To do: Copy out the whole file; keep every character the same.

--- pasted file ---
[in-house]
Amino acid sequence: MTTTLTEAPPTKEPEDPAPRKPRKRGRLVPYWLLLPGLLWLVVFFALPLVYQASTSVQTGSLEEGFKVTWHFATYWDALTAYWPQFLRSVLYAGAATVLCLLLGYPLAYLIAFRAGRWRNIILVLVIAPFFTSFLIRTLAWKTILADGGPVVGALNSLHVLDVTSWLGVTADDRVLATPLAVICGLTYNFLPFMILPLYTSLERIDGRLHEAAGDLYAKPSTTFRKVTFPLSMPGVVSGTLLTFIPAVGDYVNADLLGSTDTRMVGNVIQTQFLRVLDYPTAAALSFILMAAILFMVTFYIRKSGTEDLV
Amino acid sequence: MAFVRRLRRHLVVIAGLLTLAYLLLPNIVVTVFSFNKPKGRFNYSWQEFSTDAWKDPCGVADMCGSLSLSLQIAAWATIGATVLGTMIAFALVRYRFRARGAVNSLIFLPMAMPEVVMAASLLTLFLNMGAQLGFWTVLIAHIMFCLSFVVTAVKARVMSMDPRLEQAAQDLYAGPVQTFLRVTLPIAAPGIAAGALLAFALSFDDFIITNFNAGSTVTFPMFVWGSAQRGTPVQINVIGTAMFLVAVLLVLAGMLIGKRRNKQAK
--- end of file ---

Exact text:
[in-house]
Amino acid sequence: MTTTLTEAPPTKEPEDPAPRKPRKRGRLVPYWLLLPGLLWLVVFFALPLVYQASTSVQTGSLEEGFKVTWHFATYWDALTAYWPQFLRSVLYAGAATVLCLLLGYPLAYLIAFRAGRWRNIILVLVIAPFFTSFLIRTLAWKTILADGGPVVGALNSLHVLDVTSWLGVTADDRVLATPLAVICGLTYNFLPFMILPLYTSLERIDGRLHEAAGDLYAKPSTTFRKVTFPLSMPGVVSGTLLTFIPAVGDYVNADLLGSTDTRMVGNVIQTQFLRVLDYPTAAALSFILMAAILFMVTFYIRKSGTEDLV
Amino acid sequence: MAFVRRLRRHLVVIAGLLTLAYLLLPNIVVTVFSFNKPKGRFNYSWQEFSTDAWKDPCGVADMCGSLSLSLQIAAWATIGATVLGTMIAFALVRYRFRARGAVNSLIFLPMAMPEVVMAASLLTLFLNMGAQLGFWTVLIAHIMFCLSFVVTAVKARVMSMDPRLEQAAQDLYAGPVQTFLRVTLPIAAPGIAAGALLAFALSFDDFIITNFNAGSTVTFPMFVWGSAQRGTPVQINVIGTAMFLVAVLLVLAGMLIGKRRNKQAK